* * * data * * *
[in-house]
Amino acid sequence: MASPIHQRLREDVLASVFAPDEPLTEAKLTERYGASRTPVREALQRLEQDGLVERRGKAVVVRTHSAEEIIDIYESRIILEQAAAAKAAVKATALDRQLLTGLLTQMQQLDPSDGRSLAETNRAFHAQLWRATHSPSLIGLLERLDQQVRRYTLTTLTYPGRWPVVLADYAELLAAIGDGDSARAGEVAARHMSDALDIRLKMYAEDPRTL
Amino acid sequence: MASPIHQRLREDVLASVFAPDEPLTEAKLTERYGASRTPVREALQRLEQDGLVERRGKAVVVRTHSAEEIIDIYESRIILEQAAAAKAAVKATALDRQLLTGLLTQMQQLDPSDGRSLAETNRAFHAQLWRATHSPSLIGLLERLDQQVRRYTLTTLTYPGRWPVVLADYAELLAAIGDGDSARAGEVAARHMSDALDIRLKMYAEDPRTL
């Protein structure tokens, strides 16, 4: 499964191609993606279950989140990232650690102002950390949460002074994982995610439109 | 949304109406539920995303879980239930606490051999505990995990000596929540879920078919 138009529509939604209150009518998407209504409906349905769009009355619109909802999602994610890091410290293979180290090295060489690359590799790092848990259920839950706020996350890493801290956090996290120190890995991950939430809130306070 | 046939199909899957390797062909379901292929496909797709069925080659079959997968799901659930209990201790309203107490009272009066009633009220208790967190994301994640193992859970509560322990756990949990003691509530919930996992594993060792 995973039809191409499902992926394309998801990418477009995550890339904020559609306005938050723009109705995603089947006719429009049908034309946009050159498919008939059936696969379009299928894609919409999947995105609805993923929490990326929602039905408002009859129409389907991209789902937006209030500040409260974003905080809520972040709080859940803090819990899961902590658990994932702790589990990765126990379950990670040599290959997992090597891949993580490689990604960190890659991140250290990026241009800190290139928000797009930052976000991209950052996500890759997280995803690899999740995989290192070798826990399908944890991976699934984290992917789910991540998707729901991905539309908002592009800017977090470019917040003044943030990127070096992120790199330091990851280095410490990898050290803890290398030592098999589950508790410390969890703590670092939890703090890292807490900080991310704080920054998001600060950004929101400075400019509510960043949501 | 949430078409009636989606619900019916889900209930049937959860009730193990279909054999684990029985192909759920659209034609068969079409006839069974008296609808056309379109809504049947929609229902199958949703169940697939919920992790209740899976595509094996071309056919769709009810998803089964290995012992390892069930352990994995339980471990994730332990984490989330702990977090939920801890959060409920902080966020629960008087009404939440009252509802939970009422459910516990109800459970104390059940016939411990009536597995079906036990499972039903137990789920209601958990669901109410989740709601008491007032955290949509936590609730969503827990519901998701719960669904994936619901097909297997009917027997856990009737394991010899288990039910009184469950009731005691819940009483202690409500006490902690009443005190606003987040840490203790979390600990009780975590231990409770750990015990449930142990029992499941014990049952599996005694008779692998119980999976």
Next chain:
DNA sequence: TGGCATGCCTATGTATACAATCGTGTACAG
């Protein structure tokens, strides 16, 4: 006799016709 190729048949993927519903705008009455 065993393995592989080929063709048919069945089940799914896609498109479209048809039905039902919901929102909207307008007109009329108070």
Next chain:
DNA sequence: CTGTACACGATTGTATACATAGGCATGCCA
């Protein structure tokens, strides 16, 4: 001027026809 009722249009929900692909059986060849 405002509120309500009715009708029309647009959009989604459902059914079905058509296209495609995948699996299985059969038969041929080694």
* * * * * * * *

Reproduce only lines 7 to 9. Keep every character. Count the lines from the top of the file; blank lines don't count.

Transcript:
């Protein structure tokens, strides 16, 4: 006799016709 190729048949993927519903705008009455 065993393995592989080929063709048919069945089940799914896609498109479209048809039905039902919901929102909207307008007109009329108070």
Next chain:
DNA sequence: CTGTACACGATTGTATACATAGGCATGCCA